Fate and the Twilight of the Gods: The Norns and an Exegesis of Voluspa contains two sections, the first of which elaborates on the Norns (Nornir) and the concept of fate. In the Traditions of Northern Europe, fate is usually represented as a Goddess consisting of three aspects, known collectively as the Norns, who control the fate of the cosmos, and remain distinct from both the Aesir and the Vanir, but are nonetheless able to control the destinies of mortals and Gods alike. Respectively, the most common names for the Norns are Urdr, Verdandi, and Skuld – each of whom has a special function, weaving a tapestry of words in which the warp and weft of threads become a metaphor for human lives. Together, the three Norns offer a fascinating insight into the nature of magic, language, and metaphysical predeterminism in the Northern Traditions.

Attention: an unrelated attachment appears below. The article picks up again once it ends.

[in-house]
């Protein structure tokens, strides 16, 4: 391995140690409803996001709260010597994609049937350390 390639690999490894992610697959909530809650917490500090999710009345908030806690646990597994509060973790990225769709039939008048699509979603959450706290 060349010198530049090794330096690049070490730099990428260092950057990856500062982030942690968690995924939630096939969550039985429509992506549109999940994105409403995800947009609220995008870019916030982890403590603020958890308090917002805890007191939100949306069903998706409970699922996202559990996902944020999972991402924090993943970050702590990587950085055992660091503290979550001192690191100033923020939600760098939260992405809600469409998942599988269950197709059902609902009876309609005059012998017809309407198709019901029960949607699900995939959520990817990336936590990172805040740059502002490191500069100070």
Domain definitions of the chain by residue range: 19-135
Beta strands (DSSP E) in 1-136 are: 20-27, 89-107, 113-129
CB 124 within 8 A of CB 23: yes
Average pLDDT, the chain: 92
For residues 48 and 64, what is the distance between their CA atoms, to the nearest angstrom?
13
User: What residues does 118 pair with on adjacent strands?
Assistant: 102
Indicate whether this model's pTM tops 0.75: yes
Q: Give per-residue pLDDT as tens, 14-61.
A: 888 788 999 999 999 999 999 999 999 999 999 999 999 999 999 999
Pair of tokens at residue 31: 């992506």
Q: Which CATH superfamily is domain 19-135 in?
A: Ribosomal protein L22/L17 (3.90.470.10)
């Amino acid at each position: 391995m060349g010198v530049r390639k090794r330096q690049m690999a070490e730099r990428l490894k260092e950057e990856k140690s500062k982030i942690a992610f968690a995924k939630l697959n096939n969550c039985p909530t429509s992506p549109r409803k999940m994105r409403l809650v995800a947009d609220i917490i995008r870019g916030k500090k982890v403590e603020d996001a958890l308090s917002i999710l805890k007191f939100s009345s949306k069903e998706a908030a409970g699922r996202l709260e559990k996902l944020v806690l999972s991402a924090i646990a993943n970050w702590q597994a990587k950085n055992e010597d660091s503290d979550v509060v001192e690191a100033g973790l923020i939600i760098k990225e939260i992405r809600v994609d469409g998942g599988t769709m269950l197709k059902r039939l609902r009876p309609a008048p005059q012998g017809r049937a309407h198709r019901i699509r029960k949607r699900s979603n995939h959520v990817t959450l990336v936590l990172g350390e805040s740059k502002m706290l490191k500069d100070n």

The second half of the book examines Ragnarok, and provides an exegesis of Voluspa – the prophecy which outlines the inevitable destruction of the world, and the ‘Twilight of the Gods’. Ragnarok refers to the doom of the Gods, and by the time Ragnarok concludes, almost every figure featured in the narrative will be dead, and the cycle of time shall begin anew. Ragnarok is examined from the perspective of perennial philosophy and comparative mythology, to explain the esoteric significance of core features in Voluspa and the events which led to Ragnarok, with particular emphasis laid on the Gods Odin and Loki.